Thursday, February 7, 2013

Outdoor Brain Benefits?

As if we need more proof that bringing our kids outdoors is good for both their minds and bodies, an article in Psychology Today entitled "Do Early Outdoor Experiences Help Build Healthier Brains?" helps validate that.

This is all the proof I need: The Double Nap Phenomenom that occurs in the afternoon after a morning of hiking and playing on the trail with friends. It sure benefits my brain and helps theirs rest more efficiently.

Westchester Lagoon - Chester Creek Trail

We started out to day at Westchester Lagoon and chose to head East toward the mountains on the Campbell Creek Trail, instead of hitting the Coastal Trail. Going in this direction provided trees and a nice windbreak. The Coast Trail this time of year can be pretty cold when you aren't in the trees, as it is a low lying area right on the Cook Inlet. The frigid air settles out there at the bottom of the Anchorage Bowl.

There were a lot of parents and kiddos hitting the trail. About 15 parents with about 30 kids. This seems to be the norm these days.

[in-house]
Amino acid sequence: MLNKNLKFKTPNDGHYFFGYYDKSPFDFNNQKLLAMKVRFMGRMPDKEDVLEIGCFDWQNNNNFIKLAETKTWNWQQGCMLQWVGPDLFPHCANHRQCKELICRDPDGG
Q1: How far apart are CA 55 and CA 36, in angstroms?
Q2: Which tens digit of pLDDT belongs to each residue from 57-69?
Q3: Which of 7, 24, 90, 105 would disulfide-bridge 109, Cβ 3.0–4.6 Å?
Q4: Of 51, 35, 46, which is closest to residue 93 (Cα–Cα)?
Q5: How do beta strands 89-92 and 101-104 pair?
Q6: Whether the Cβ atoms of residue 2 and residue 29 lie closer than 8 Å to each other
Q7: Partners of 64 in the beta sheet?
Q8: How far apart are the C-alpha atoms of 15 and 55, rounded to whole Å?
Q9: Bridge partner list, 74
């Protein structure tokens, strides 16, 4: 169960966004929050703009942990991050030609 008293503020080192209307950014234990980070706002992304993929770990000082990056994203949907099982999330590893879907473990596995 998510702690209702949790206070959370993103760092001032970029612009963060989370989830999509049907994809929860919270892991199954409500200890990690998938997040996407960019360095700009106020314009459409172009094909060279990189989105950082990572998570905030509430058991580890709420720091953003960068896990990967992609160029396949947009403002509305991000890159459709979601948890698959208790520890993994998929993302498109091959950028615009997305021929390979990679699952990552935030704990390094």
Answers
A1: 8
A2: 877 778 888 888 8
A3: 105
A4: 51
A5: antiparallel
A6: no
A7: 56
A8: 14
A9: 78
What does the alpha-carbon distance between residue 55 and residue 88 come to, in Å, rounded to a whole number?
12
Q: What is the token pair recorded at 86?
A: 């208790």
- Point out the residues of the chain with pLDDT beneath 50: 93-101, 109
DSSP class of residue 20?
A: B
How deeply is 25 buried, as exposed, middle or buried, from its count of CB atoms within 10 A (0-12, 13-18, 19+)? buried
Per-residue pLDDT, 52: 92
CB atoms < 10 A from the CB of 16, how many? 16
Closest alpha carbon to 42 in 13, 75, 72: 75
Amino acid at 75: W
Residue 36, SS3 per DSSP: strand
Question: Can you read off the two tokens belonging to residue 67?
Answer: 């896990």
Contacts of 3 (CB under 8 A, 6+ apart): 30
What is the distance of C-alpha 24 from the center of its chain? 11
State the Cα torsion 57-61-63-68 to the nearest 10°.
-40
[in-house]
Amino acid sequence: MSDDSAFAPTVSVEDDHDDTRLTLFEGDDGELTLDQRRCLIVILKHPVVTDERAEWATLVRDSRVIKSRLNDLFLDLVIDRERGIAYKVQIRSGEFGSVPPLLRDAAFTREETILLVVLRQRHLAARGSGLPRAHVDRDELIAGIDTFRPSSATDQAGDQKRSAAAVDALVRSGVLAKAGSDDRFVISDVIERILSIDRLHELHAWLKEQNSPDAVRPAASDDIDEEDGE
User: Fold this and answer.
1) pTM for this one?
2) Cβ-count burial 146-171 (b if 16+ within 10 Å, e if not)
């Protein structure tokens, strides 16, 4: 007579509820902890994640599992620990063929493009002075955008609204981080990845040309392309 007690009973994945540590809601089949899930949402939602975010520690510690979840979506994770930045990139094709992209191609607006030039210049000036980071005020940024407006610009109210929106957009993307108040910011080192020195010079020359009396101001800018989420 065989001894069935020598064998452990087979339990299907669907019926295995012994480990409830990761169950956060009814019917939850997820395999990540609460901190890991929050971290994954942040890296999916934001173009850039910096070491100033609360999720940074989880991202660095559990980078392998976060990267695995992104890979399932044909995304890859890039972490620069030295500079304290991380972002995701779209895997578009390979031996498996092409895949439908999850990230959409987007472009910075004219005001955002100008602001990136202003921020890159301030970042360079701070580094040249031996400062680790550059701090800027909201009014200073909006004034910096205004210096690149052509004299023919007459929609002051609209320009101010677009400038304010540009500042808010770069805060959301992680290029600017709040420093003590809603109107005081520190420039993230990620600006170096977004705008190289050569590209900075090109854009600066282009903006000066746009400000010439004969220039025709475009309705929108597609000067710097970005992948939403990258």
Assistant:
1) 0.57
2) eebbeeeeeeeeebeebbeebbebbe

The theme for the hike to day was noticing signs of the season. We discussed along the trail what clues told us we were in the middle of winter: the lagoon was frozen, trees had no leaves, there was snow... We thought it funny that there were life jackets (PFDs) hanging on the sign, as they are not a sign of this season!

There were a couple of first timers, which is always great to see. My oldest found another boy, who just happened to be one day younger than him. It is funny to see that at almost 4 years old, the months still make a difference. They were perfectly matched in their energy, interests and communication.

Our family returned home for our post hike tradition of what we call "Liquid Smores" - graham crackers dunked in hot cocoa with marshmallows. Even my littlest man partook in the routine with enjoying his first graham cracker ever.

Apart from the snow covering these PFDs these are decidedly not signs of the season!

Cargo sleds are starting to become the vehicle of choice on Treks these days. Their high sides are great for containing kids and gear!

The Chester Creek Trail has many tunnels that allow pedestrians to never have to cross a road! They are also fun for echoes!
Playing at the playground after the Trek is always a good way to ensure a nap!

 My boys enjoying the post hike tradition of liquid smores!